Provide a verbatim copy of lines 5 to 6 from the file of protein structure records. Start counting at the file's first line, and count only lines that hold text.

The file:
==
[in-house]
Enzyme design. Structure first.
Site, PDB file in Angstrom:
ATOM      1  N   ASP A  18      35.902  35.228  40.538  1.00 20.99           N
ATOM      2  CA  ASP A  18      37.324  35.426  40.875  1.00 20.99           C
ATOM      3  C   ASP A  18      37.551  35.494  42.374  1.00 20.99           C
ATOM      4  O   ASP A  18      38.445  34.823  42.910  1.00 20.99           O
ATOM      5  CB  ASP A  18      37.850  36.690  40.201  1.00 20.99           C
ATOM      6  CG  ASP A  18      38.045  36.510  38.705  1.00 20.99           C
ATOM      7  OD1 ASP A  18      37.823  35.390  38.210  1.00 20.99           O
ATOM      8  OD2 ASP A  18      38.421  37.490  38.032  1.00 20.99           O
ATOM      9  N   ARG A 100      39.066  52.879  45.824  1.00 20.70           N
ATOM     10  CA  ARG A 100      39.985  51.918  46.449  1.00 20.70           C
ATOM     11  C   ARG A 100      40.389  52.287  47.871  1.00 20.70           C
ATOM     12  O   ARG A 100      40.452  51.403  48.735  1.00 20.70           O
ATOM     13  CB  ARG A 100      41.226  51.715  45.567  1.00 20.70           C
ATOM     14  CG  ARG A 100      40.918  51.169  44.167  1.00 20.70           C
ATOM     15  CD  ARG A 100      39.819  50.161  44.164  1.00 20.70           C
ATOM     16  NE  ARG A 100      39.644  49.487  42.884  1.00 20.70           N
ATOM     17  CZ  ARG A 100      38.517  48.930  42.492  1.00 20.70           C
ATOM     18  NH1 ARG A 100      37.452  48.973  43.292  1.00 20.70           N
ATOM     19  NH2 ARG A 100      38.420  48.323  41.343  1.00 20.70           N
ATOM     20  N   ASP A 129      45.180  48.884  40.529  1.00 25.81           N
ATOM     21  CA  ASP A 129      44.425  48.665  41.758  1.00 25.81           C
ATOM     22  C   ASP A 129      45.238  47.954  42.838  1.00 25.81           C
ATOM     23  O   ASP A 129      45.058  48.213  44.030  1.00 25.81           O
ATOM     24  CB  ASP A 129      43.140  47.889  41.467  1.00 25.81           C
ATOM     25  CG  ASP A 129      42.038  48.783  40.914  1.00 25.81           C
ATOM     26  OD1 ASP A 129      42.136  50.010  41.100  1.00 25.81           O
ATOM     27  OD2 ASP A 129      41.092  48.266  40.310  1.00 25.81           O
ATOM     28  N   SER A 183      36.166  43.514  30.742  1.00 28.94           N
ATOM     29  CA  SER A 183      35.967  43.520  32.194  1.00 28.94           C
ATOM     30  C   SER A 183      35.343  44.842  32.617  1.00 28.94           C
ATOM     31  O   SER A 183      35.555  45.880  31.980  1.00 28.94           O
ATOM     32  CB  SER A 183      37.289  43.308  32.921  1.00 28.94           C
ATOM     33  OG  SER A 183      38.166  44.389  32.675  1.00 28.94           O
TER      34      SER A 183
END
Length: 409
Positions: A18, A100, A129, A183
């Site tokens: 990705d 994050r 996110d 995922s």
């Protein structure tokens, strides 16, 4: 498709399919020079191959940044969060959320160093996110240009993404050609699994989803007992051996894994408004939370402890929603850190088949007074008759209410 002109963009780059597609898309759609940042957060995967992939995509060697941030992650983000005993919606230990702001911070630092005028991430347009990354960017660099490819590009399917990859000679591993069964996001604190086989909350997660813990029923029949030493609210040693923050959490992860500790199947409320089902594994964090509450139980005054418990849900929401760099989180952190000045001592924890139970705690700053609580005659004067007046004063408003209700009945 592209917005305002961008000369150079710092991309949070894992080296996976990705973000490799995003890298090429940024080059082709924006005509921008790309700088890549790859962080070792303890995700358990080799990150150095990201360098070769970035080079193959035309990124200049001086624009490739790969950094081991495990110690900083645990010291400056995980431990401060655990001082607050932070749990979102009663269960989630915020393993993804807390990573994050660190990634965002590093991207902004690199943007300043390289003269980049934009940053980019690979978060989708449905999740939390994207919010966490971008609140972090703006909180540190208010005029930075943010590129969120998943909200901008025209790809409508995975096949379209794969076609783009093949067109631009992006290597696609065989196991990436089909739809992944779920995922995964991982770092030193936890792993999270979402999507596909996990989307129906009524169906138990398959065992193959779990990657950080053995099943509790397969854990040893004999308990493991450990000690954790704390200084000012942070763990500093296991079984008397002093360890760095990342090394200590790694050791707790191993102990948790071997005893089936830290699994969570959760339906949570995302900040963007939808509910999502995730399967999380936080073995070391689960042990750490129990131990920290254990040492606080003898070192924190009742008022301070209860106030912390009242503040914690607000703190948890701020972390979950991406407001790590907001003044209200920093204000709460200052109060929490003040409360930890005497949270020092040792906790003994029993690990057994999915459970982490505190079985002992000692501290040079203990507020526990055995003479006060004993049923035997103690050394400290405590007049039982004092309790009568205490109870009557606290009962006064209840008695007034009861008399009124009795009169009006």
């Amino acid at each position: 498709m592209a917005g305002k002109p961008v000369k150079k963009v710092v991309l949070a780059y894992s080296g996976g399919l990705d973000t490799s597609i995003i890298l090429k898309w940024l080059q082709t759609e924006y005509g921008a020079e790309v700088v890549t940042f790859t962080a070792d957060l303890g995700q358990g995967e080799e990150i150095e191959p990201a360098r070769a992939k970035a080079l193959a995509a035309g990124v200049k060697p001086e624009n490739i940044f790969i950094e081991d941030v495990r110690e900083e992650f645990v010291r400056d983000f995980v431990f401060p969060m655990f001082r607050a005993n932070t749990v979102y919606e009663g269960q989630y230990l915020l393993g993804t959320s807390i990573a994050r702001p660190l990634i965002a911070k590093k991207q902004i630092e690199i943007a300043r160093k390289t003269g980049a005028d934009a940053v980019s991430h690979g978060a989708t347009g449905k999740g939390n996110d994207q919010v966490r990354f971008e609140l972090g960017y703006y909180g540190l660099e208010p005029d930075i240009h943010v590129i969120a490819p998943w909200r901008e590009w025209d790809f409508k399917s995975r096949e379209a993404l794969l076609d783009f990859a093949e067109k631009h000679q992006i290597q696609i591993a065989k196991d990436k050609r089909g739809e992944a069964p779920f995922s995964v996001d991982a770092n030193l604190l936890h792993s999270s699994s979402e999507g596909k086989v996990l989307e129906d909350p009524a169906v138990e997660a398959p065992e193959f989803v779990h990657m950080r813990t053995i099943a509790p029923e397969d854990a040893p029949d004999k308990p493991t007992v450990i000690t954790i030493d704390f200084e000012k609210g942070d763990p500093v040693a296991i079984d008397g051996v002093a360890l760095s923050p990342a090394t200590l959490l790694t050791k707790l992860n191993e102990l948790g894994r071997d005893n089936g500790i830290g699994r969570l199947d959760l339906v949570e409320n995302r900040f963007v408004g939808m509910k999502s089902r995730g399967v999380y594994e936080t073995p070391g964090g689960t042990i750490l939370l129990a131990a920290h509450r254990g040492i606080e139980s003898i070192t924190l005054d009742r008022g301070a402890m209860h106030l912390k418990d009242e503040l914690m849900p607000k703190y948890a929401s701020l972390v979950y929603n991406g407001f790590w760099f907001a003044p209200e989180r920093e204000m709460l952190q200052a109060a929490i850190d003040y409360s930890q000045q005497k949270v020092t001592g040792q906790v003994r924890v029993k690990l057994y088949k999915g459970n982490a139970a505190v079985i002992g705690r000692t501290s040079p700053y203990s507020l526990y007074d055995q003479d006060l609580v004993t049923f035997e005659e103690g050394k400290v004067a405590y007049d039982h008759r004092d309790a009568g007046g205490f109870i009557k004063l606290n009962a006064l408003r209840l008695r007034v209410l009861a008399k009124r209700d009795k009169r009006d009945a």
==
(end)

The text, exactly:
ATOM      2  CA  ASP A  18      37.324  35.426  40.875  1.00 20.99           C
ATOM      3  C   ASP A  18      37.551  35.494  42.374  1.00 20.99           C